of the Cretaceous period, it lived around 112 to 97 million years ago, terrorizing its
peers in North Africa. Spinosaurus’s distinctive feature was the row of long spines that went
down its back, like a sail, hence its name. The purpose of the sail may have been for
mating purposes or to ward off enemies, even though Spinosaurus did not have many predators
to worry about. Spinosaurus was capable of gaining speeds
of up to 15 mph, with row upon row of needle type teeth in its crocodile-like jaws. Even
though these teeth were not serrated, which means that most of its diet probably consisted
of fish and possible dead carcasses, it would still have no problems tearing into our small,
fragile bodies like the fish it feasted on. 6. Megalania You know the Komodo dragon, the feared largest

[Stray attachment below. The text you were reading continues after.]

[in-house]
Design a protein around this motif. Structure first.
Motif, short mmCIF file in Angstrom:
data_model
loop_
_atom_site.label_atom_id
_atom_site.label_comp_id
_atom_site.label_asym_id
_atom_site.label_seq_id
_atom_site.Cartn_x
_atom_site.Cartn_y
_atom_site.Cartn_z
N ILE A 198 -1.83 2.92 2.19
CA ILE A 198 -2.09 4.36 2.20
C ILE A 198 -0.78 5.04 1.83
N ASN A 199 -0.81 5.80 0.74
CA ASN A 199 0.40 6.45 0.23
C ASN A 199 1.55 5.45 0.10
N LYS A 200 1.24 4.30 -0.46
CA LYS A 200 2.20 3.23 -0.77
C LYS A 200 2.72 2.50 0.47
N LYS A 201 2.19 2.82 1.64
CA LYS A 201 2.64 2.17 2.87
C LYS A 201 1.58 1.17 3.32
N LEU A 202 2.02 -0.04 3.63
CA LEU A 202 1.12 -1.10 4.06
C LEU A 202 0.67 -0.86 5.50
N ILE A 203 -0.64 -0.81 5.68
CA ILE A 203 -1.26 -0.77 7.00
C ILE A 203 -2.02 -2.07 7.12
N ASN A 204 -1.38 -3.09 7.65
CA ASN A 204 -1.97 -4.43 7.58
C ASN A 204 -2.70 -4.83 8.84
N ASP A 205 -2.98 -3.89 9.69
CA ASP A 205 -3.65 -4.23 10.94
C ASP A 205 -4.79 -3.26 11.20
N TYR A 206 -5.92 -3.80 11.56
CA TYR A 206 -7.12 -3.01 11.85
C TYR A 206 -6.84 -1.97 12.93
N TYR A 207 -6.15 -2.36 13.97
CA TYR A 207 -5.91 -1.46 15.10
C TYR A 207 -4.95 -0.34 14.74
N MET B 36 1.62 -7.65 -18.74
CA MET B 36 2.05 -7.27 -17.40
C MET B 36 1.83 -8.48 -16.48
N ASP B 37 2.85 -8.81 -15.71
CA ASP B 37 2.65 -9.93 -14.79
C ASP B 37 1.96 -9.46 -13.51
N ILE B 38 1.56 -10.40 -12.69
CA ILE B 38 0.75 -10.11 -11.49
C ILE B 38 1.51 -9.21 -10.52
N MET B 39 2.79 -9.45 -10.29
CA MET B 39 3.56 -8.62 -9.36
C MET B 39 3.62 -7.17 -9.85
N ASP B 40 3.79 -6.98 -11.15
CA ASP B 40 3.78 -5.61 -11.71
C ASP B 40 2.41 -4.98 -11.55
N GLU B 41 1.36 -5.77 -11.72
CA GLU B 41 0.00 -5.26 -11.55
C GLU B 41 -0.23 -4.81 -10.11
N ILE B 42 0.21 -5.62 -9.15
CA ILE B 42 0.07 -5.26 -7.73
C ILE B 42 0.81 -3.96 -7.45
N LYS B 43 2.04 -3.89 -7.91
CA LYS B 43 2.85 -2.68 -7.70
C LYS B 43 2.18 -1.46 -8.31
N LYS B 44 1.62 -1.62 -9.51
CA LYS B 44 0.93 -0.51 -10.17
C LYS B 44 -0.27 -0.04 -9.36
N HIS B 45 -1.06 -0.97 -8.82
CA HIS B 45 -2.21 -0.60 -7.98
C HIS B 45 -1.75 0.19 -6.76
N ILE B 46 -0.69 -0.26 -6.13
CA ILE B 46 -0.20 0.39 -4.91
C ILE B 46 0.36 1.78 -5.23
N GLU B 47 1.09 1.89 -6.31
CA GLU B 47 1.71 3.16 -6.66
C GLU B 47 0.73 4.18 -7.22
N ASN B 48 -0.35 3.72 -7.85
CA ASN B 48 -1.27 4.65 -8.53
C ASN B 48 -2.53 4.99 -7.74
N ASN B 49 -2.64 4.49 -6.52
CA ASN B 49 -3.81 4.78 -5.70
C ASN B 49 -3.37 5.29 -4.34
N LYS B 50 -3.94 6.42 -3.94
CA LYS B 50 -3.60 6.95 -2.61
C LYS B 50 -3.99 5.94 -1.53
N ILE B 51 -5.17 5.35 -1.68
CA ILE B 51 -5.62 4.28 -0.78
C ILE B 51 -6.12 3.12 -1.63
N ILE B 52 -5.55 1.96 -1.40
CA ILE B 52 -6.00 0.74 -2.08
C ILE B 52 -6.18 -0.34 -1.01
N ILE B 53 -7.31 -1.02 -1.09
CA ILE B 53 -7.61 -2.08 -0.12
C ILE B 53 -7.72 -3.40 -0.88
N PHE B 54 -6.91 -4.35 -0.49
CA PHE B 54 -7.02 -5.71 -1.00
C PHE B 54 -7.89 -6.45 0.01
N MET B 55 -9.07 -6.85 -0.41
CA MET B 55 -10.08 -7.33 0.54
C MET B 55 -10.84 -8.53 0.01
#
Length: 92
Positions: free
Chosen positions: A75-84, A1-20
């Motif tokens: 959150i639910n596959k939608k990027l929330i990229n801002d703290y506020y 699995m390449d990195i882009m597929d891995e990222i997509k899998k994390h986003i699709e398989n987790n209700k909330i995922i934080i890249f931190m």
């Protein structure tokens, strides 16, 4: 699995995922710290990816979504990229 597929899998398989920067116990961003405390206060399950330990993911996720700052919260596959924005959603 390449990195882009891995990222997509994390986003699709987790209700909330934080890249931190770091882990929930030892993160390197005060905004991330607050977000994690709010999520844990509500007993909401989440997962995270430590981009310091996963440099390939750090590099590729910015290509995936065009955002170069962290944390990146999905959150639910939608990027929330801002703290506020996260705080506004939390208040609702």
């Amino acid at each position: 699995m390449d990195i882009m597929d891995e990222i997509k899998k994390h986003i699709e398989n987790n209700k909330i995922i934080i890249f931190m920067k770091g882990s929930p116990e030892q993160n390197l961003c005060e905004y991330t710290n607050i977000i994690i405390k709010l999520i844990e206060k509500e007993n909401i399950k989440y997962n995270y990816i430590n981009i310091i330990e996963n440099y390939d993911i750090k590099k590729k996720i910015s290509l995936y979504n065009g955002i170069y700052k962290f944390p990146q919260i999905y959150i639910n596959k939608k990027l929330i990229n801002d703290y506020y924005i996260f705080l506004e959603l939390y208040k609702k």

living member of the monitor lizard family? The lizard that can kill with one bite? The
lizard that is extremely hazardous to humans? Well forget it. Enter the real dragon – Megalania.
Living some 2 plus million years ago, in the Pleistocene period, this beast of a land dweller
had a skull 29 inches long, a length of 23 feet and reaching weights of between 1,320
to 1,370 pounds. Compare this to the Komodo, in which the Komodo dragon reaches an average
length of 10 feet and weight of up to 150 pounds. The Megalania completely dwarfs the
deadly Komodo. It is now known that Megalania is the largest terrestrial land lizard to
have ever lived. It is theorized that due to its immense size and body type, the diet
of the Megalania consisted of the Diprotodon, which by the way, was only the largest marsupial
to ever have lived, reaching lengths of 10 feet long, a height of 6.6 feet tall and weighing
an incredible 6,200 pounds. These are important statistics to recount, because if the enormous